They're IN THEIR DORM ROOM. They are in clothes I've seen plenty of women chill around their home in. Do women HAVE to wear towels over the head and bath robes to do a beauty treatment?

Have you ever met a woman?

The image objectively appears to be blackface.

Wishing it to be so does not make it so.

I'm not sure what you're asking. Perceiving blackface as blackface is racist? Why?

Because, CLEARLY, that's how you think black folks look.

Objectively, even.

Because I didn't make up the idea that wearing blackface is racist whereas you did make up the idea that perceiving blackface is racist.

I'd say it's more sexist. If only they dressed in a way YOU found acceptable, then it wouldn't be racist. But because they didn't abide by your stereotype, they gotta be racist.

I acquire a general sense of what other people perceive. It is not infallible. But it is clear that in this case, I am not the only one who thinks the images look like blackface.

But all of those people, to be charitable, are fucking morons.

If you wish to join that group, feel free. I'd recommend not doing so, but you're not me so I am hardly vested.

You don't know what a facial is. Got it. But since EVERYTHING is racist, is there any reason whites SHOULDN'T be racist? If we'll be accused anyway, shouldn't we have the fun of not having to walk on egg shells for people whose own people still sell them to this day?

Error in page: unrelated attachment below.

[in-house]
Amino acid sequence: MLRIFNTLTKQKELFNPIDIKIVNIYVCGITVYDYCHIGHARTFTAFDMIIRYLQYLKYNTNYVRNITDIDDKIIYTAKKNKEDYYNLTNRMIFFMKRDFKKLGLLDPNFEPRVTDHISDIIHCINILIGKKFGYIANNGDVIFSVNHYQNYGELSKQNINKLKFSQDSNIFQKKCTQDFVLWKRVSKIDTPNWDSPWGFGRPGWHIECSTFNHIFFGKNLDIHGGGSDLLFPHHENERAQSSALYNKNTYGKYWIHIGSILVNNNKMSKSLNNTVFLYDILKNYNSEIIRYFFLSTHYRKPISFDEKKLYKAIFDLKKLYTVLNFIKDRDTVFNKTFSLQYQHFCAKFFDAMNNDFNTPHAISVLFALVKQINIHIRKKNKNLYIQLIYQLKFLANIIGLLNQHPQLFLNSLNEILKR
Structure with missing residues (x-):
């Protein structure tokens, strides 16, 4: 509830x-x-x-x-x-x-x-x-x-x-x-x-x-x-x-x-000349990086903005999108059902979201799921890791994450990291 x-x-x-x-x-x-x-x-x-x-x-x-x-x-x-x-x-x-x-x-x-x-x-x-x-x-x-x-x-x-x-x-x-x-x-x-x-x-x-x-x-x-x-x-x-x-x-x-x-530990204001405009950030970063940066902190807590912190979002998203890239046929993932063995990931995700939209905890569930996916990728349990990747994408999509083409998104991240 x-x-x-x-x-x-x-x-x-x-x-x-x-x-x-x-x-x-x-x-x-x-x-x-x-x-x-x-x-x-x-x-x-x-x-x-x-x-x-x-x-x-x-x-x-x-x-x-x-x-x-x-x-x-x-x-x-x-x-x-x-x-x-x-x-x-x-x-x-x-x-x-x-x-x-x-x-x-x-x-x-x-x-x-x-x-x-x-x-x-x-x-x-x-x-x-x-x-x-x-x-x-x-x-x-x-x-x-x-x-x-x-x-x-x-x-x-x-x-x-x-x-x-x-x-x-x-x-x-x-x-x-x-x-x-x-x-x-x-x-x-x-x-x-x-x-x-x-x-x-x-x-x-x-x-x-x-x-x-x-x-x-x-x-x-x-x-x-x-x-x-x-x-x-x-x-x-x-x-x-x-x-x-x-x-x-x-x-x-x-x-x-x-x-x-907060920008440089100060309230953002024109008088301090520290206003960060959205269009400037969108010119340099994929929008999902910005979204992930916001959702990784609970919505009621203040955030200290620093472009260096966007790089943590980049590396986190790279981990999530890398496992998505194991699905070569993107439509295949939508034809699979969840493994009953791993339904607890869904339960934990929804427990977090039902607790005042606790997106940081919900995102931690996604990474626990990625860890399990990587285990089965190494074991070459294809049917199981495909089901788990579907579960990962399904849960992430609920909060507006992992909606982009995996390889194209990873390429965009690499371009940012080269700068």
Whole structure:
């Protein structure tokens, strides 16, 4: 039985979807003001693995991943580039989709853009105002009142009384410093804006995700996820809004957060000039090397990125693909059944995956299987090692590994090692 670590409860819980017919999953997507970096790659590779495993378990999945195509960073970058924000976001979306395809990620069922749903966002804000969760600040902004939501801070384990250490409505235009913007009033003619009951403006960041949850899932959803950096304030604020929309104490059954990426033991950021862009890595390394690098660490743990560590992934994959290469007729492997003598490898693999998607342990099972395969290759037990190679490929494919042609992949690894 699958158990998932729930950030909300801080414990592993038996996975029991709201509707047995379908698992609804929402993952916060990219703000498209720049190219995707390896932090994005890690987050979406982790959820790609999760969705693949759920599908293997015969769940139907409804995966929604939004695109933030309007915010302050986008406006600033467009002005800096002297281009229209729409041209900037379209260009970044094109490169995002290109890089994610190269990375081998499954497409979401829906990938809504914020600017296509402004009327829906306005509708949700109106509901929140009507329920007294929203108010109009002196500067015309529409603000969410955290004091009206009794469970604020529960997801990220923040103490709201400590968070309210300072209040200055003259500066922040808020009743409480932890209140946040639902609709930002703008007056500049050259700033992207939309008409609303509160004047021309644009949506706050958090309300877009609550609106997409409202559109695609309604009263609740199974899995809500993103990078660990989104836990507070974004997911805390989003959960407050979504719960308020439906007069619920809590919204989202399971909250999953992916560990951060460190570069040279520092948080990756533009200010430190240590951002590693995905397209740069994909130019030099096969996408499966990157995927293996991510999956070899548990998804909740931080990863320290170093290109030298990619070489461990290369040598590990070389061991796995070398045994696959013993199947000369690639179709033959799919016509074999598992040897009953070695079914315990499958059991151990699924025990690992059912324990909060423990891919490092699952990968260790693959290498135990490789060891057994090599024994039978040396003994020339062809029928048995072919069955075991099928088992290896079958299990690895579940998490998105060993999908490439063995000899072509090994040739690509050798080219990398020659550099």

damikesc said...

AF, do you know the product they put on their face? What color is it? what is it used for?

Let's be honest ... they put white privilege all of their faces. Objectively.

HoodlumDoodlum said...

In the course of trying to look pretty did these two young ladies do something...ugly? Gosh I hope not.

HoodlumDoodlum said...
This comment has been removed by the author.
HoodlumDoodlum said...

Garfunkel & Oates: All Over Your Face

Sigivald said...

Reminds me of the early South Park episode about the town flag: "When Chef stands up and demands they address the racist aspect of the flag, he and the rest of the adults discover that the children had not even perceived that there was a racist aspect, seeing the flag as a man being hanged without registering his color, and had instead thought that the issue at hand was capital punishment.".

People with a race obsession see everything as a race issue and try to make you do that too.

Doug said...

Althouse - you link a lot of your posts to your son's blog. Does he, like, need help getting eyeballs or page views or whatever? Or are the rest of your readers (unlike me) just DYING to know what your son thinks on everything?

damikesc said...

I actually like John's take on things. His blog is interesting when I read it and I appreciate the Prof for dropping some interesting links to look at.

Fernandinande said...

Char Char Binks said...
Google used to identify back folks as gorillas.


Well, black folks and gorillas differ genetically by less than 2%.